Cameron residents say they’re supportive of industry’s presence in area

Published 3:06 pm Thursday, November 2, 2023

A majority of Cameron Parish residents say they are in support of the proposed CP2 expansion in Cameron and CP Express pipeline planned for Southwest Louisiana.

The Louisiana Department of Natural Resources Office of Coastal Management hosted two public hearings at the Cameron Parish Police Jury West Annex on Wednesday that allowed residents to express their viewpoints on the two coastal use permits that Venture Global LNG has submitted for the projects.

If approved, these projects will expand Venture Global LNG’s Calcasieu Pass facility, which has seen high profits and large tax breaks.

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According to Reuters, Venture global LNG has sold over “200 LNG cargoes with about $18.2 billion” since pre-commercial operations began last March. In July, the Louisiana Board of Commerce and Industry approved about $184.6 million in Industrial Tax Exemption Program tax breaks from Calcasieu Pass LNG, the Louisiana Illuminator reported.

In accordance with the ITEP, Venture Global reported 240 jobs will be created for the facility with a payroll of $35.2 million. The ITEP contract will last five years and can be renewed for an additional five years.

Venture Global LNG was given the opportunity to present the projects to those in attendance before public comments were given, but chose not to participate.

More than 25 Cameron Parish residents spoke in support of the LDNR granting the coastal use permits. One of these was Cameron Parish Assessor Scott Lavergne, who lives in Lake Charles. He said the plant will produce “millions upon millions” in tax dollars for the parish.

Kellie McKoin, a resident of Grand Chenier, said her support for CP2 stems from the “close-to-home” employment opportunities Venture Global LNG has given her former students and the potential positive economic impact the new facility will have.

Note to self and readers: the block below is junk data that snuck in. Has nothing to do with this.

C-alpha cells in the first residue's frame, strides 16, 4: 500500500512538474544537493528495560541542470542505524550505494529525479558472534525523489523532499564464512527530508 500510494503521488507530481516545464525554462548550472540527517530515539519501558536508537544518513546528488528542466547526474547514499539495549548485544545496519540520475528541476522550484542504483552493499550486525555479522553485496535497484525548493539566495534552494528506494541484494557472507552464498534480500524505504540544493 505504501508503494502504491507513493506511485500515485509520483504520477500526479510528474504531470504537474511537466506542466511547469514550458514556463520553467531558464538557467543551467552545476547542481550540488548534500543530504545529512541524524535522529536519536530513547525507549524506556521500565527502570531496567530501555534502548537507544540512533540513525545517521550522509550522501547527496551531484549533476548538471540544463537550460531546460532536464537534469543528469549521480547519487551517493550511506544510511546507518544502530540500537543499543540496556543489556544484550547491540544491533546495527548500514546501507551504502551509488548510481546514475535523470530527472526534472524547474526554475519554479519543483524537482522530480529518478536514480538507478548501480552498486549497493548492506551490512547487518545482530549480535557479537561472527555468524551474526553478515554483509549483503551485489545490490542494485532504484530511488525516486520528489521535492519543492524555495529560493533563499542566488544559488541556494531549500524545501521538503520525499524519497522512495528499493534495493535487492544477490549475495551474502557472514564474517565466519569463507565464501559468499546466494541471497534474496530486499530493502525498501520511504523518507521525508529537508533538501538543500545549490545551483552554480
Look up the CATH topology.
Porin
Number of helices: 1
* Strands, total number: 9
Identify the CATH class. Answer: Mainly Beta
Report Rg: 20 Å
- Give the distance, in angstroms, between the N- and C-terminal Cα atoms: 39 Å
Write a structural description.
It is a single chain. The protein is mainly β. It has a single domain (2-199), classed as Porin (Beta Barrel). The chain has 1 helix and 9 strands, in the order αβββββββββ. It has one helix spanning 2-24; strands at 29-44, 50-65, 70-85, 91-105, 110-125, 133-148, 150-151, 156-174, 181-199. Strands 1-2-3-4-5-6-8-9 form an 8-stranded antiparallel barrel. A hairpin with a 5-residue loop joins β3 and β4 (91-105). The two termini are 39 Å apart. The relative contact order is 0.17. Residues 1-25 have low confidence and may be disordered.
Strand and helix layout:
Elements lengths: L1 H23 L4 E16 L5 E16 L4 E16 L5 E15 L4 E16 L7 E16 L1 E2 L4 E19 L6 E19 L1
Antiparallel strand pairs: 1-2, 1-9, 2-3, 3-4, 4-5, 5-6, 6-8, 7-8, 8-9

The expansion will bring new workers, and their children, she said. This would increase student enrollment in Cameron Parish schools, which saw a steep decline after the landfall of Hurricane Laura. Additionally, she noted new residents will patron local businesses and fishermen.

A common criticism of the LNG presence in Cameron is the effect on the fishing industry, but McKoin said her husband — a local fisherman — has seen “no effect” on his catch. Instead, she attributed the difficulties in the fishing industry to the import of seafood.

Travis Dardar, an indigenous fisherman, said the presence of the LNG gas export terminals negatively affects local fishing due to the number of tankers in the shipping channel blocking boat launches.

“This will destroy the fishing industry. Y’all are taking a boat launch where we would launch three boats at the same time and it solved us with one that we can’t even launch one boat in. That’s not made for commercial fishing. That’s not made for no fishermen.”

John Allaire, a Cameron resident, said he has seen the environmental effects — and flaring — of Calcasieu Pass LNG in his own backyard. He brought a sample in a ziploc bag of “the sludge they have lined the beach with” following dredging that took place two years ago. He said the “black, viscous mud” covers a mile and a half of the beach west of the jetty.

“The whole area, that whole beachfront is ruined. My dog can’t go in it, my grandkids can’t go in it.”

Some speakers expressed in rebuttal that the “sludge” could be from the Mississippi River.

New Orleans resident and Louisiana Bucket Brigade Director Anne Rolfes called Venture Global’s practices predatory, stating the promise of economic prosperity that would follow the expansion is a “really, really sad example of manipulation.”

“They come to one of the poorest parishes in one of the poorest states in the entire country because they know that because it’s been so desperately neglected, we can accept the pennies that they throw our way.”

She also criticized Venture Global representatives for not speaking at the start of the hearing, and said their goal is to create division in Cameron.

“They made a calculated decision not to speak today so that they would be out of the dynamic, and that would pit neighbor against neighbor. Person from Louisiana against person from Louisiana.”

Many of those who spoke in opposition were not Cameron Parish residents. This was a point of contention for some permit supporters. Cameron resident and permit supporter Howard Romero was critical of the speakers from out of town, stating “they must think we’re too damn dumb to do what we do.”

He said he believes the presence of Venture Global has been nothing but beneficial to Cameron, stating the depletion of natural resources is inevitable. He also listed multiple amenities provided by Venture Global LNG, including a medical center in Johnson Bayou, a gym for local children and portable buildings that were provided for Cameron residents to “live and operate in” after the hurricanes.

“When we look at our parish, we say ‘Where would we be today if it wasn’t for LNG?’ Once they start paying all their taxes, Cameron Parish is going to be the Riviera of the world, because you’re going to have all the money you need.”

LDNR will be accepting public comments until 3:30 p.m. on Monday, Nov. 13. They can be submitted online or through mail.